Poverty, families, interreligious co-operation: All pretty standard. But what does an office created to help better provide social services to the needy have to do with climate change?

Apparently, the president’s council envisions the “partnership” between government and religious institutions as a means of spreading the administration’s environmental warnings, rather than just a way to help churches feed the hungry and clothe the poor. Faith-based organizations, the report notes, can take “a prominent leadership role in influencing policy, education, and action in those areas.”
The council hopes the new EPA faith office will also help churches and other nonprofits improve “access to financing,” including “establishing revolving loan programs or working with utility companies to help finance greening building projects.” The ultimate aim of all this government-supported retrofitting is clear: “Regional staff would work to engage local faith-and community-based groups to help meet Obama administration targets for greening buildings and promoting environmental quality.” [Emphasis added.]“

Obama and his Administration have already been caught using the NEA to push their partisan agenda. Now they’re using America’s churches.



Wisconsin Judge Rules National Day of Prayer Unconstitutional

Filed under: Judiciary,Religion — DRJ @ 5:34 pm

[Guest post by DRJ]

Wisconsin U.S. District Judge Barbara Crabb has ruled unconstitutional the National Day of Prayer that was first established by Congress in 1952:

“In a 66-page opinion issued Thursday, U.S. District Judge Barbara Crabb said the holiday violates the “establishment clause” of the First Amendment, which creates a separation of church and state.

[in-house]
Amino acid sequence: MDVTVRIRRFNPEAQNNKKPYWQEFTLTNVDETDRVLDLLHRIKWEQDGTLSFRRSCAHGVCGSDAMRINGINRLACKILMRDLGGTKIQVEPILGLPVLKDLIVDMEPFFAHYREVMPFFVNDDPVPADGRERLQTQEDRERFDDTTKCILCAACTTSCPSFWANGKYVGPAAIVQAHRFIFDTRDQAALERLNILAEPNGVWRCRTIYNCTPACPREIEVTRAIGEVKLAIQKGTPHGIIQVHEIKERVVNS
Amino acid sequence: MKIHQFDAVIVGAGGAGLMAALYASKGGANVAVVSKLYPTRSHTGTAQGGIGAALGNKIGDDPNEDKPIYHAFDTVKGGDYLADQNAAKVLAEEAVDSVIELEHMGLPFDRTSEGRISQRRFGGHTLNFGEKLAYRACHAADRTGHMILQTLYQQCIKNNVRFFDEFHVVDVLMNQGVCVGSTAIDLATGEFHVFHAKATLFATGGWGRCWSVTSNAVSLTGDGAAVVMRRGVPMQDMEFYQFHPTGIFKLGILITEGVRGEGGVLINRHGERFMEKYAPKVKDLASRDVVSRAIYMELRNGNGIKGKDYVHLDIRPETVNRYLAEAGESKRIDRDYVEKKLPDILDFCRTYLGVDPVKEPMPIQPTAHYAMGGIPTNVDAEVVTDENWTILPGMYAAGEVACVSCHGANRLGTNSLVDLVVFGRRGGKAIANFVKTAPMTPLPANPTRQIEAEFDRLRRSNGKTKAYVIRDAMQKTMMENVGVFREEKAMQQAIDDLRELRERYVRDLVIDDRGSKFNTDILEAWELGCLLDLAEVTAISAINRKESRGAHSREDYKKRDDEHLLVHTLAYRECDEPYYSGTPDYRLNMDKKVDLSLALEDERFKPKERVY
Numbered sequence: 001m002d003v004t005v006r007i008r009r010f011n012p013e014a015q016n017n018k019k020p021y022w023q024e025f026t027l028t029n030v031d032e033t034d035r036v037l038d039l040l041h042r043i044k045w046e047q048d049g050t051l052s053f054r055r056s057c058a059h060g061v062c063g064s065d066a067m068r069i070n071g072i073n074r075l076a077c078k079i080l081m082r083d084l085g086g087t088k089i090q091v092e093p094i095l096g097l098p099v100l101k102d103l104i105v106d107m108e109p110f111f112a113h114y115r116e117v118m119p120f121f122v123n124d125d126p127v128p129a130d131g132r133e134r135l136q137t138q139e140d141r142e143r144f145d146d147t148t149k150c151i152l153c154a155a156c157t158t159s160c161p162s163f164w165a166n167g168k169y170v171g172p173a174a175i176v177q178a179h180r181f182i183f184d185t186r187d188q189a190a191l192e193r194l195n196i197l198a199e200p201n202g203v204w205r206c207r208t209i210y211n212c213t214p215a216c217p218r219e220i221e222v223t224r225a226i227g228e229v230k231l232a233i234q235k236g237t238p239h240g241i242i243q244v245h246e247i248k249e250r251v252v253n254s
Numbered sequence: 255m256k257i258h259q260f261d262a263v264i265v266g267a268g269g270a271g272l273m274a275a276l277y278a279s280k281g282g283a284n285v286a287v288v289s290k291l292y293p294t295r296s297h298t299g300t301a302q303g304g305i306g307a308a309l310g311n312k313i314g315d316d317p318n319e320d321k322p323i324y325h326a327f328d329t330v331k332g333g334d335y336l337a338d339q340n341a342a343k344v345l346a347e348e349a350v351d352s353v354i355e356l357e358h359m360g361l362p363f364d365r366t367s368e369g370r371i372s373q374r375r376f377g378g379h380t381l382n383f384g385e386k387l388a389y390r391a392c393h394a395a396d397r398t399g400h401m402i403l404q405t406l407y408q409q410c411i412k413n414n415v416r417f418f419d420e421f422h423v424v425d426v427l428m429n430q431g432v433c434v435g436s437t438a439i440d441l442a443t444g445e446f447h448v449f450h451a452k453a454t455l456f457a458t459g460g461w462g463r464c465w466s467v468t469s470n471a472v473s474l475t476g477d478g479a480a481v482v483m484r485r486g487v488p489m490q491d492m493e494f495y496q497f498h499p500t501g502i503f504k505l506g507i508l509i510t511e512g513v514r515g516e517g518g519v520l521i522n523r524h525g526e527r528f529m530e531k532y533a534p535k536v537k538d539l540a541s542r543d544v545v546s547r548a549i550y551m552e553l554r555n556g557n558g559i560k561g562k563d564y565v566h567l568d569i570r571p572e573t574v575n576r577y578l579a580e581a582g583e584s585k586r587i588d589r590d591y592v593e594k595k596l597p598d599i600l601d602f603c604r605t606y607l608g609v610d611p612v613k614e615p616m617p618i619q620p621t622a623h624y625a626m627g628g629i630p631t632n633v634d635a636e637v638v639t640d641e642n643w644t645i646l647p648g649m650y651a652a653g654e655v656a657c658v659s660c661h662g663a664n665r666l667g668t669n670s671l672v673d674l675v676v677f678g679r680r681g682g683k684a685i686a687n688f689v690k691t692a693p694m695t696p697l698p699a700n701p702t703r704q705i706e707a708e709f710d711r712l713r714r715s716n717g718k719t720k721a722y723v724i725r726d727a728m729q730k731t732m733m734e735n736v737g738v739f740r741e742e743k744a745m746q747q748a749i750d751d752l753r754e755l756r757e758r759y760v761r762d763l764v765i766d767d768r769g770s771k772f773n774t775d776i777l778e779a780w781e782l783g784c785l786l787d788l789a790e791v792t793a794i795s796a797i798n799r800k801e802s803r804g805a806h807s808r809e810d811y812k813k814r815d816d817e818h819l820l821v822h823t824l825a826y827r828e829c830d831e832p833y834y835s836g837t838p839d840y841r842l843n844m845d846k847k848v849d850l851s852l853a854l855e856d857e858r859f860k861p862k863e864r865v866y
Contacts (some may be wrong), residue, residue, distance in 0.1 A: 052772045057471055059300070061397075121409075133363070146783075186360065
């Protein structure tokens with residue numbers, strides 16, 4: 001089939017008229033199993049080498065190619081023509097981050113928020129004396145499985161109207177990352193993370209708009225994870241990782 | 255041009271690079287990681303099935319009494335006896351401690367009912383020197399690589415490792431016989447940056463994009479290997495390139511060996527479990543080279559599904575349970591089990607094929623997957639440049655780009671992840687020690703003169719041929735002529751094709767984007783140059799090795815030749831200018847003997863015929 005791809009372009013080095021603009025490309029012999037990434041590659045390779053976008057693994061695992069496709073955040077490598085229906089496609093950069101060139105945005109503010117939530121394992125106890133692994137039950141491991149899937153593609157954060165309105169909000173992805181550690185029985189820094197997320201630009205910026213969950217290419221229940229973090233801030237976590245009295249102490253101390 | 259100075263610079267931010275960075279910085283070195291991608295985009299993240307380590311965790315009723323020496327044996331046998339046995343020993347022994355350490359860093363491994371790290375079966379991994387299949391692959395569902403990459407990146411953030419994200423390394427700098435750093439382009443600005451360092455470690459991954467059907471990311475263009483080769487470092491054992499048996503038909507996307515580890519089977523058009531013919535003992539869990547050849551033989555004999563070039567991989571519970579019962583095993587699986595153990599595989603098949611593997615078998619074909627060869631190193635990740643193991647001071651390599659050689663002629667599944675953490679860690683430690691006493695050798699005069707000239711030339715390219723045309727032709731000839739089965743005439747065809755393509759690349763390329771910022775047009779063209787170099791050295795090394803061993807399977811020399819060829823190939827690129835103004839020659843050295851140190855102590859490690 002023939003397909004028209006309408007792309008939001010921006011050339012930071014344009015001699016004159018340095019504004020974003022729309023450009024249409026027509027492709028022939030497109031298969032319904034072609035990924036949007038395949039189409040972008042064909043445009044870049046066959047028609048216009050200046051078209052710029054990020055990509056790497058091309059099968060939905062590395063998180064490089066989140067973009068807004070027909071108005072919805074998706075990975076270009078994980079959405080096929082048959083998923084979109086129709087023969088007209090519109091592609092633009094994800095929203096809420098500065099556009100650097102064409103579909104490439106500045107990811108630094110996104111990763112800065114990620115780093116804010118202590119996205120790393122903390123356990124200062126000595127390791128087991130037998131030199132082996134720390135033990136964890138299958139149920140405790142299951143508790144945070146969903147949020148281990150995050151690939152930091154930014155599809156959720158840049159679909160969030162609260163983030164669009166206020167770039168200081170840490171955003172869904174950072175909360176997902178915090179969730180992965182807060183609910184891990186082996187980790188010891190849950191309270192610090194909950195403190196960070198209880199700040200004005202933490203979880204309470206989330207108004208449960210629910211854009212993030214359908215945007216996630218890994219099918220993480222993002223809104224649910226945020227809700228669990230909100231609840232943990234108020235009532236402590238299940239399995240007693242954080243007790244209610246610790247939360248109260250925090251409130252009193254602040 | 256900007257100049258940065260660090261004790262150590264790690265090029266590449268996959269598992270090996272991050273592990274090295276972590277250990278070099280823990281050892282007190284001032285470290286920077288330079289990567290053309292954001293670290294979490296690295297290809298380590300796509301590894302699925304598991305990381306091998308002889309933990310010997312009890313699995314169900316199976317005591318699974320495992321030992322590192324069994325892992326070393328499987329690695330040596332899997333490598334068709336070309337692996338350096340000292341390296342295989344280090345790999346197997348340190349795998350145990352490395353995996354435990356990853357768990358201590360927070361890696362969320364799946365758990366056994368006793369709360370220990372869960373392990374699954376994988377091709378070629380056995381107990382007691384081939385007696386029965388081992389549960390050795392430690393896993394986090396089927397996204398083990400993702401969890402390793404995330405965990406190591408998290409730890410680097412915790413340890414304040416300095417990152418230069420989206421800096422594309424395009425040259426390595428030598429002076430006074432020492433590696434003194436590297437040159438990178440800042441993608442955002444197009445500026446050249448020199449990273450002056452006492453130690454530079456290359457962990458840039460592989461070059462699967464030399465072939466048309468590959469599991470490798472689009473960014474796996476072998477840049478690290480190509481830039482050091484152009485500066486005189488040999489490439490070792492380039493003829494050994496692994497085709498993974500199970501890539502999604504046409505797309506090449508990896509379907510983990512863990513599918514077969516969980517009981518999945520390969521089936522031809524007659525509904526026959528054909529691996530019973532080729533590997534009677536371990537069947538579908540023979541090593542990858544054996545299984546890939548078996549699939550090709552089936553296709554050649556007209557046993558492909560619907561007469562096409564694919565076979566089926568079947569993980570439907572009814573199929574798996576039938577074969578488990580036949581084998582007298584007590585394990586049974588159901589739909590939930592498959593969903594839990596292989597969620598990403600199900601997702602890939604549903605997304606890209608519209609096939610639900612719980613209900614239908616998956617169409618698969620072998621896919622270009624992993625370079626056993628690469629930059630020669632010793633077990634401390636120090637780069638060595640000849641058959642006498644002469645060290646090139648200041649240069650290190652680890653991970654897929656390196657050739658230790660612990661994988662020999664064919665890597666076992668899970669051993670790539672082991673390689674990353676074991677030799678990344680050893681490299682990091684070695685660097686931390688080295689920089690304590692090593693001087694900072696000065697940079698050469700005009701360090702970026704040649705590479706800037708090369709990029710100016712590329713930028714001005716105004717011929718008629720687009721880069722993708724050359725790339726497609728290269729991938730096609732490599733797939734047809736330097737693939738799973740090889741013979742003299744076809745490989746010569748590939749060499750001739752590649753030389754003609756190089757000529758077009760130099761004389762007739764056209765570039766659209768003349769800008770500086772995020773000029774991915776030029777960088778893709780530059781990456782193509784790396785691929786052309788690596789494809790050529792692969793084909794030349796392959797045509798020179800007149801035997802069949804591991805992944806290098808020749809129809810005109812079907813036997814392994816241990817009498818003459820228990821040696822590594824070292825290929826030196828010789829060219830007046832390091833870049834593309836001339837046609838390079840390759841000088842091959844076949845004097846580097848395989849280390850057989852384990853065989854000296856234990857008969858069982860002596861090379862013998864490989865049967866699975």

“I understand that many may disagree with that conclusion and some may even view it as a criticism of prayer or those who pray,” Crabb said in her opinion. “That is unfortunate. A determination that the government may not endorse a religious message is not a determination that the message itself is harmful, unimportant or undeserving of dissemination.”

The opinion comes in a case filed by the Freedom From Religion Foundation, a Wisconsin-based group of self-described “atheists” and “agnostics.”

Here is the opinion and this is the section I think best explains the Court’s reasoning:

“However, recognizing the importance of prayer to many people does not mean that the government may enact a statute in support of it, any more than the government may encourage citizens to fast during the month of Ramadan, attend a synagogue, purify themselves in a sweat lodge or practice rune magic. In fact, it is because the nature of prayer is so personal and can have such a powerful effect on a community that the government may not use its authority to try to influence an individual’s decision whether and when to pray.”

The Court also pointed to the “divisive” impact and exclusionary effect of the National Day of Prayer as reflected in complaints listed at pp. 57-60 of the opinion. The Court then concluded with another example and a list of religious matters that aren’t prohibited:

“The same law that prohibits the government from declaring a National Day of Prayer also prohibits it from declaring a National Day of Blasphemy.